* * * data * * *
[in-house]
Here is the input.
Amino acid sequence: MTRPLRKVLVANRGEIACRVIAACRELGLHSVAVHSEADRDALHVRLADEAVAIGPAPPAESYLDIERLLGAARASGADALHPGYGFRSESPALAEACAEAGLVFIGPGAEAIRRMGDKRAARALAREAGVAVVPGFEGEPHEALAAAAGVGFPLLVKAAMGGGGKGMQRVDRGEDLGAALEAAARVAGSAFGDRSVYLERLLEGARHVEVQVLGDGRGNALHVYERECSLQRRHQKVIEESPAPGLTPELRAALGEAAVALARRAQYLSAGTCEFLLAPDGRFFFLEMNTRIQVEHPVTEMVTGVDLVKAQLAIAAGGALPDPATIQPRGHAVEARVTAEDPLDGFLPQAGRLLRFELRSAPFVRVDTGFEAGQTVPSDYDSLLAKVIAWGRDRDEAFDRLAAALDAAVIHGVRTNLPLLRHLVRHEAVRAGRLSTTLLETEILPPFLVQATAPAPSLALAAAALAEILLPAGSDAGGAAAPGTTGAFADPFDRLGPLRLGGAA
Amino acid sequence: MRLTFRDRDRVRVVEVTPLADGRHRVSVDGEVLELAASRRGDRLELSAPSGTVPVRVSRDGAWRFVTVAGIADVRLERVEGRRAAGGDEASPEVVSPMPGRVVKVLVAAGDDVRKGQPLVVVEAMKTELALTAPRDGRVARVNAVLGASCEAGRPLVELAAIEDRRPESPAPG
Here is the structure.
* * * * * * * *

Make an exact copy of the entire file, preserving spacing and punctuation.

[in-house]
Here is the input.
Amino acid sequence: MTRPLRKVLVANRGEIACRVIAACRELGLHSVAVHSEADRDALHVRLADEAVAIGPAPPAESYLDIERLLGAARASGADALHPGYGFRSESPALAEACAEAGLVFIGPGAEAIRRMGDKRAARALAREAGVAVVPGFEGEPHEALAAAAGVGFPLLVKAAMGGGGKGMQRVDRGEDLGAALEAAARVAGSAFGDRSVYLERLLEGARHVEVQVLGDGRGNALHVYERECSLQRRHQKVIEESPAPGLTPELRAALGEAAVALARRAQYLSAGTCEFLLAPDGRFFFLEMNTRIQVEHPVTEMVTGVDLVKAQLAIAAGGALPDPATIQPRGHAVEARVTAEDPLDGFLPQAGRLLRFELRSAPFVRVDTGFEAGQTVPSDYDSLLAKVIAWGRDRDEAFDRLAAALDAAVIHGVRTNLPLLRHLVRHEAVRAGRLSTTLLETEILPPFLVQATAPAPSLALAAAALAEILLPAGSDAGGAAAPGTTGAFADPFDRLGPLRLGGAA
Amino acid sequence: MRLTFRDRDRVRVVEVTPLADGRHRVSVDGEVLELAASRRGDRLELSAPSGTVPVRVSRDGAWRFVTVAGIADVRLERVEGRRAAGGDEASPEVVSPMPGRVVKVLVAAGDDVRKGQPLVVVEAMKTELALTAPRDGRVARVNAVLGASCEAGRPLVELAAIEDRRPESPAPG
Here is the structure.